Mass. court: Ban _on gay marriage unconstitutional
BOSTON – In the nation’s most far-reaching decision of its kind, Massachusetts’ highest court declared Tuesday that the state constitution guarantees gay couples the right to marry – a ruling celebrated with a popping of champagne corks and the planning of spring weddings.
“Without a doubt, this is the happiest day of our lives,” said Gloria Bailey, who with her partner of 32 years was among the seven gay couples who had sued the state in 2001 for refusing to issue them marriage licenses.
In its 4-3 decision, the Supreme Judicial Court gave the Legislature six months to rewrite the state’s marriage laws for the benefit of gay couples.
Although courts in other states have issued similar rulings, some legal experts said this one goes further in its emphatic language and appears to suggest that gay couples should be offered nothing less than marriage itself – and not a lesser alternative such as civil unions, which are available in Vermont.
The ruling was another milestone in a year that has seen a significant expansion of gay rights around the world, _including a U.S. Supreme Court decision in June striking a Texas ban on gay sex. Canadian courts also legalized gay marriage over the summer.
“We declare that barring an individual from the protections, benefits, and obligations of civil marriage solely because that person would marry a person of the same sex violates the Massachusetts Constitution,” Chief Justice Margaret Marshall wrote.
The dissenting justices argued that the court was treading on lawmakers’ territory. “Today, the court has transformed its role as protector of rights into the role of creator of rights, and I respectfully dissent,” Justice Francis Spina wrote.
The decision prompted complex legal questions about the next step and about when the nation’s first gay marriage licenses will be issued, if ever.
Republican Gov. Mitt Romney denounced the ruling but said there is little the state could do beyond pursuing a constitutional amendment.
“I agree with 3,000 years of recorded history. I disagree with the Supreme Judicial Court of Massachusetts,” he said. “Marriage is an institution between a man and a woman . . . and our constitution and laws should reflect that.”
But the soonest a constitutional amendment could be put on the ballot is 2006, potentially opening a window of a few years in which gay marriage licenses could be granted.
Vermont’s high court issued a similar decision in 1999, but told the Legislature that it could allow gay couples to marry or create a similar institution that confers all the rights and benefits of marriage. Lawmakers chose the second route, leading to the approval of civil unions in that state.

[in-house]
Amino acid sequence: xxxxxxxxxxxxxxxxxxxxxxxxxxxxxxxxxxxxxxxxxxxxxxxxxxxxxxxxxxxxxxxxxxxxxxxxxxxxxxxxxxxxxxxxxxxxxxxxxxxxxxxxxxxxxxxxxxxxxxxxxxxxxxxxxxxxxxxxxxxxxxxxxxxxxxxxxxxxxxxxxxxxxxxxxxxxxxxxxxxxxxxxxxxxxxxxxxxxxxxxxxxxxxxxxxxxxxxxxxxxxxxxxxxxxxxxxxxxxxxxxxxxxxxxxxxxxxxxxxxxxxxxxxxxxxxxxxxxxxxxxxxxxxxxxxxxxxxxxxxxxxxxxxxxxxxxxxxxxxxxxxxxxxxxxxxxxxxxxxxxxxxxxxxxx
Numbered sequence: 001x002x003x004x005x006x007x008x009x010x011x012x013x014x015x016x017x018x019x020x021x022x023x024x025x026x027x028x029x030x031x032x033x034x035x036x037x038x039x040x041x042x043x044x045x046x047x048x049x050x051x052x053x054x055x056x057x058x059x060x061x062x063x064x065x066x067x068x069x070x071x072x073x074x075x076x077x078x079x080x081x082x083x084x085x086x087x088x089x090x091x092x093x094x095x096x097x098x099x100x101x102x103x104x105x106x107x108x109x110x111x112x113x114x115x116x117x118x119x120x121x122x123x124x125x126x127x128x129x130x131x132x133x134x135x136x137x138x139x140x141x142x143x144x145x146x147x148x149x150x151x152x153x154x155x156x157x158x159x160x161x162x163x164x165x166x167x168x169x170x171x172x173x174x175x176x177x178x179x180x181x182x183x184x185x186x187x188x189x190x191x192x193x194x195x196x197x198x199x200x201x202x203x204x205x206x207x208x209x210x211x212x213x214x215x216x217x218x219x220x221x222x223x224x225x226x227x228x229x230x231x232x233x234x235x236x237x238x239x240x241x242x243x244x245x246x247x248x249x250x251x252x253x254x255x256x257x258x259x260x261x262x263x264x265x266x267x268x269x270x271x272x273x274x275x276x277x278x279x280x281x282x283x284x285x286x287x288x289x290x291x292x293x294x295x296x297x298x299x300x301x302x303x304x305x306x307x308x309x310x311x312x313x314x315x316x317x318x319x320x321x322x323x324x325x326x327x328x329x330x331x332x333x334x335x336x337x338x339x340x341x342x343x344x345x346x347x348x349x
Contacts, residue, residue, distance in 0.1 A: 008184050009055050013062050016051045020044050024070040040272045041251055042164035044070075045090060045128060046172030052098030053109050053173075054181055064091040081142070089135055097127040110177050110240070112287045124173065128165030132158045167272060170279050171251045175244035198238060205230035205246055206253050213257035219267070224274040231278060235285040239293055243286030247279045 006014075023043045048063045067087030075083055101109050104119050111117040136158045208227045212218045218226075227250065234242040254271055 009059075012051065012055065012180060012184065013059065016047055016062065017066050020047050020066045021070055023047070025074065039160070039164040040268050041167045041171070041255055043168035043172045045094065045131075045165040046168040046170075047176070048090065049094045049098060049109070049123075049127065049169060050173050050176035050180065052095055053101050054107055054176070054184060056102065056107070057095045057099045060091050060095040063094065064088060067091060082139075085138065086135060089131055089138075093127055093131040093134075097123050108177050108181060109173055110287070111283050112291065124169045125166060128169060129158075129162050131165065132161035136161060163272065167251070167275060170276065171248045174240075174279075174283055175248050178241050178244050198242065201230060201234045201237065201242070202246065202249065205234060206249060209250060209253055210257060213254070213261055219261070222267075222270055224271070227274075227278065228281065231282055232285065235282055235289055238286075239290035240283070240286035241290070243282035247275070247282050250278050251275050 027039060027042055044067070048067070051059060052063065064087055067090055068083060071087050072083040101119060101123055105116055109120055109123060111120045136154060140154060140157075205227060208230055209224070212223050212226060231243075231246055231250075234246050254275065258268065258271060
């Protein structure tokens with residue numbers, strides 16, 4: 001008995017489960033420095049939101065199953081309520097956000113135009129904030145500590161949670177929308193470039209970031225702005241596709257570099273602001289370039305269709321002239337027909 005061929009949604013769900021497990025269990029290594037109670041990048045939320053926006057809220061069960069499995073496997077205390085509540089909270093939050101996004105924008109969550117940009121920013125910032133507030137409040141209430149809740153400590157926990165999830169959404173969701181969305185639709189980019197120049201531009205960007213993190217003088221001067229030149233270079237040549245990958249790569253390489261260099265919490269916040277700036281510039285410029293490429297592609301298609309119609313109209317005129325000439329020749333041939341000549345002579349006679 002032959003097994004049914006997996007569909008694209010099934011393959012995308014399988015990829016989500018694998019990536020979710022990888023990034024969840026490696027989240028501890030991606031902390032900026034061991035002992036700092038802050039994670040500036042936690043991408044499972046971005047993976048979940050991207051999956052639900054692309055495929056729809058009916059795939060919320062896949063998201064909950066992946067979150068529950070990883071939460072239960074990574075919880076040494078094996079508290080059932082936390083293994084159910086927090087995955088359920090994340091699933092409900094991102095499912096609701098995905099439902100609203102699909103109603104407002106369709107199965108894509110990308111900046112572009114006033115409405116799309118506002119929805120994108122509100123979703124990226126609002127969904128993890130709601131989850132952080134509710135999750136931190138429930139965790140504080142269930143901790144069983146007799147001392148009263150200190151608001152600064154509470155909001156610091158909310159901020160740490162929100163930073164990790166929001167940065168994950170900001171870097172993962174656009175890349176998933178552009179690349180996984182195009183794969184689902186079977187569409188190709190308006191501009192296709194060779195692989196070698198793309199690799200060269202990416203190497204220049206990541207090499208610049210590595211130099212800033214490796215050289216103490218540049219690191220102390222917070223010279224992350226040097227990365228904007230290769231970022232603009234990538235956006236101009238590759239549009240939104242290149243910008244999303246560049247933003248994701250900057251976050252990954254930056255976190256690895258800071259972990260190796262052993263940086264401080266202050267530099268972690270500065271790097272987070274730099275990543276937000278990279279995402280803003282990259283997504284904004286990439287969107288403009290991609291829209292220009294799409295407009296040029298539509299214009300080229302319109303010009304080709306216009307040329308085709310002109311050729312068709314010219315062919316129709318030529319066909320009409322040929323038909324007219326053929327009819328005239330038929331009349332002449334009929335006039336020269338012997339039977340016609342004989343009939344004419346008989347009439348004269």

The Massachusetts decision makes no mention of such an alternative, and instead points to a recent decision in Canada that changed the common-law definition of marriage to include same-sex couples and led to marriage licenses being issued there.
The state “has failed to identify any constitutionally adequate reason for denying civil marriage to same-sex couples,” the court wrote, adding that denying gays the right to marry deprives them “of membership in one of our community’s most rewarding and cherished institutions.”
Still, legal experts pointed out that the wording leaves it unclear whether the court would accept an alternative to marriage.
“It’s poorly drafted in that they are going to create all of this controversy about what they meant,” said Paul Martinek, editor of Lawyers Weekly USA.
The Human Rights Campaign, a national gay rights organization, said the Massachusetts decision goes beyond Vermont by saying that it is unconstitutional to bar gay couples from the institution of marriage, and not just the accompanying benefits – such as hospital visitation and inheritance rights.
The federal government and 37 states have adopted laws defining marriage as a union between a man and a woman – assuring legal battles over whether gay marriages performed here will be recognized outside the state.
In the 1990s, Hawaii’s Supreme Court ruled that a ban on gay marriage might be unconstitutional, but state lawmakers amended the constitution before same-sex weddings were allowed. Similarly, a trial court in Alaska ruled in favor of same-sex marriages, but the Legislature amended the constitution to ban them.
Without any pressure from a court, California’s Legislature passed a law signed by Gov. Gray Davis this summer that avoided using the term “marriage” but granted gay couples who register as domestic partners most of the rights and responsibilities of spouses.
Massachusetts Rep. Barney Frank, who is openly gay, said the decision “will enhance the lives of probably thousands, maybe tens of thousands, of Massachusetts citizens, and will have no negative effects on anyone else.”
House Speaker Thomas Finneran, a Boston Democrat opposed to gay marriages, said he would reserve comment on the decision until after reviewing it. Finneran is perhaps the most powerful politician in the state, and he could set the course for the debate.